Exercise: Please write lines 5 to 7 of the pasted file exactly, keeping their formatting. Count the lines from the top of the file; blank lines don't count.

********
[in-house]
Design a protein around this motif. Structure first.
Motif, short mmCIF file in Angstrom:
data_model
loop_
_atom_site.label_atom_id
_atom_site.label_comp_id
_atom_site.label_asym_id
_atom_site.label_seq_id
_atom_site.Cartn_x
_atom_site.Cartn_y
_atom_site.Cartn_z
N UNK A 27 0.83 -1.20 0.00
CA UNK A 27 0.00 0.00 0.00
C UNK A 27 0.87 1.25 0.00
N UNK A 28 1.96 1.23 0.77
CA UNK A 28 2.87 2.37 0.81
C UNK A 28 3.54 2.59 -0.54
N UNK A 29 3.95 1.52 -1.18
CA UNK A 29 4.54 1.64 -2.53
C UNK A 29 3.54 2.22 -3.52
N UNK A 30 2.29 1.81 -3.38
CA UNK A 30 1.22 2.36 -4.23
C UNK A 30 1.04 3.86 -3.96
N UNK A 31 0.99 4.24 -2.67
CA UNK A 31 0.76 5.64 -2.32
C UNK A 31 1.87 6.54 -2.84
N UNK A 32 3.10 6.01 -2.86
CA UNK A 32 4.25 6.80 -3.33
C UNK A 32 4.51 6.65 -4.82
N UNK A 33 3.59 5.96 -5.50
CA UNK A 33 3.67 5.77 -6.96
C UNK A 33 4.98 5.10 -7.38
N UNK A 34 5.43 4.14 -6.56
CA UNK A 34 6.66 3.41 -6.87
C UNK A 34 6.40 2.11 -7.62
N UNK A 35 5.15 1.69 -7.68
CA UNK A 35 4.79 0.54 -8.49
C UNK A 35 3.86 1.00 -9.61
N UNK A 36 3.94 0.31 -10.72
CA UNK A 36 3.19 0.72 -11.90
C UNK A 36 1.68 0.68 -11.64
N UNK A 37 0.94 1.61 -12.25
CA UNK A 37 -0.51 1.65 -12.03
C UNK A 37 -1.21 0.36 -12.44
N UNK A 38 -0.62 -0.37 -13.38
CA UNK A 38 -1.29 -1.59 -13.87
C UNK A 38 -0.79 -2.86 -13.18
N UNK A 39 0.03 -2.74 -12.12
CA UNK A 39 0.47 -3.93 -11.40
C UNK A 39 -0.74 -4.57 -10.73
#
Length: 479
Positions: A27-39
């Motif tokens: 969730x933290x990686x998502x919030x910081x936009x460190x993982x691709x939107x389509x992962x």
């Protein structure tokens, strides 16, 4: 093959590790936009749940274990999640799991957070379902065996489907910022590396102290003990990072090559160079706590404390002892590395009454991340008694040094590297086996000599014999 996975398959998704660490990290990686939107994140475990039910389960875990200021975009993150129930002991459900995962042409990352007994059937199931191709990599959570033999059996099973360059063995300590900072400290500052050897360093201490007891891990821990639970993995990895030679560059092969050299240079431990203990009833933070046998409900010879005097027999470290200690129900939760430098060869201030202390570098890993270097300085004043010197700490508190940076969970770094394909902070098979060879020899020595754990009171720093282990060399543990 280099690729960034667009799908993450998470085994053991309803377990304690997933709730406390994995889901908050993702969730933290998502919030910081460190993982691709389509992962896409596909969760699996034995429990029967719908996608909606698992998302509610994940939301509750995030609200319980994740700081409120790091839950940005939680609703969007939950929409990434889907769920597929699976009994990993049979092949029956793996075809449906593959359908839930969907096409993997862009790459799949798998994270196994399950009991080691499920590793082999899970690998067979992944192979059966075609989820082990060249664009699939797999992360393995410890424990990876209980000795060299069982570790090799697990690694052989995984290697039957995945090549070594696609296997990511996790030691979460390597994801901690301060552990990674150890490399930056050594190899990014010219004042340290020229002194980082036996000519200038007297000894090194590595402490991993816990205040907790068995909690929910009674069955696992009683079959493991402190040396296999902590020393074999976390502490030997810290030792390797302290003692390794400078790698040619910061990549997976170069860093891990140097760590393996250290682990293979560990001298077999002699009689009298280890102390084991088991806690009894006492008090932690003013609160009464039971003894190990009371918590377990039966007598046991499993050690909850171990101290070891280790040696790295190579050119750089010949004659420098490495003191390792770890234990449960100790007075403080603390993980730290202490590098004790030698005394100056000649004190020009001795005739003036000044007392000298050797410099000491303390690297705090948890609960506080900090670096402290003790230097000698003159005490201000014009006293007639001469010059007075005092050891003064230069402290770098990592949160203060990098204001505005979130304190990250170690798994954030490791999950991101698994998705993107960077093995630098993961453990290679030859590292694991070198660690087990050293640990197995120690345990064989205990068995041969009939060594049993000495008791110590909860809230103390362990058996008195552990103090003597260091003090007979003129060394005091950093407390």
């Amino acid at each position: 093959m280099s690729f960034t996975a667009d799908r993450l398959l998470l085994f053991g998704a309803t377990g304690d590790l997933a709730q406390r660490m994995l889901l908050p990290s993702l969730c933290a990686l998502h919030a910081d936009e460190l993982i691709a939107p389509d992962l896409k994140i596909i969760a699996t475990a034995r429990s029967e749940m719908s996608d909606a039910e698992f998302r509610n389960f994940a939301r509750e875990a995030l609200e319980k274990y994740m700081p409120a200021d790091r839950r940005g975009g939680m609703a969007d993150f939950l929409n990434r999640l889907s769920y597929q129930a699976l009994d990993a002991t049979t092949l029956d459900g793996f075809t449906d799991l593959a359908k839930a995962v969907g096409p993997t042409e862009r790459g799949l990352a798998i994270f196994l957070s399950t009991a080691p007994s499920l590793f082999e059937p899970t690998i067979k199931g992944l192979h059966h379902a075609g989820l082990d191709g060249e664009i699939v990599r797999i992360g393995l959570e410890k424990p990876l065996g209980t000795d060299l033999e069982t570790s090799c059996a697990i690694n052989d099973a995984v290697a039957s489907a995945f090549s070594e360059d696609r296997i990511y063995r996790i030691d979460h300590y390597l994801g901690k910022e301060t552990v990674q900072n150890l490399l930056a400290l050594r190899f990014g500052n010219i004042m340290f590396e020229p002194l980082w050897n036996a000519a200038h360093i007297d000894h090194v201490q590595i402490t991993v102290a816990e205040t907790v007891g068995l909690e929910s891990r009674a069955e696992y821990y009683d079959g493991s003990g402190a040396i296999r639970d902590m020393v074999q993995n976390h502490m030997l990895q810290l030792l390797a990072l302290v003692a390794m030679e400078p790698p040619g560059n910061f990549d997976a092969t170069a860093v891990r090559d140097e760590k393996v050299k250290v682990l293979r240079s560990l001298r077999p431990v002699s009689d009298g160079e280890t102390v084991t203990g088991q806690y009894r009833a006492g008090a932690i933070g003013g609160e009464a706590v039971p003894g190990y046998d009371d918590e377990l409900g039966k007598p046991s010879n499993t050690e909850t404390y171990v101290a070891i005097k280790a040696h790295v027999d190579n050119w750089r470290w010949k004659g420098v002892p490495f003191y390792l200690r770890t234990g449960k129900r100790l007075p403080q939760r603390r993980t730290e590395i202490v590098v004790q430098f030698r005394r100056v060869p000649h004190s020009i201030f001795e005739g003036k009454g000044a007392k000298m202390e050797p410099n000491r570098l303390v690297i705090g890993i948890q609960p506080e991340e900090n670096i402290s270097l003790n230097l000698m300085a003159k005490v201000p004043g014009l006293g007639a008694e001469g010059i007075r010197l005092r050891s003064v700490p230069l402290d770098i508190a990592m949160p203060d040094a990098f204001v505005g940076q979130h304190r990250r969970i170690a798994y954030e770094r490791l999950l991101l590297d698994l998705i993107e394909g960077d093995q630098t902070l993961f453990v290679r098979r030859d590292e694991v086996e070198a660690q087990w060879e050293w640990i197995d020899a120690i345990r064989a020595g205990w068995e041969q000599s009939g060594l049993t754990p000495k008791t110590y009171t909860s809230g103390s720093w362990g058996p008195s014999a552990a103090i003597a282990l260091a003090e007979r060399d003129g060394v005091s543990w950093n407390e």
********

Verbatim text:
loop_
_atom_site.label_atom_id
_atom_site.label_comp_id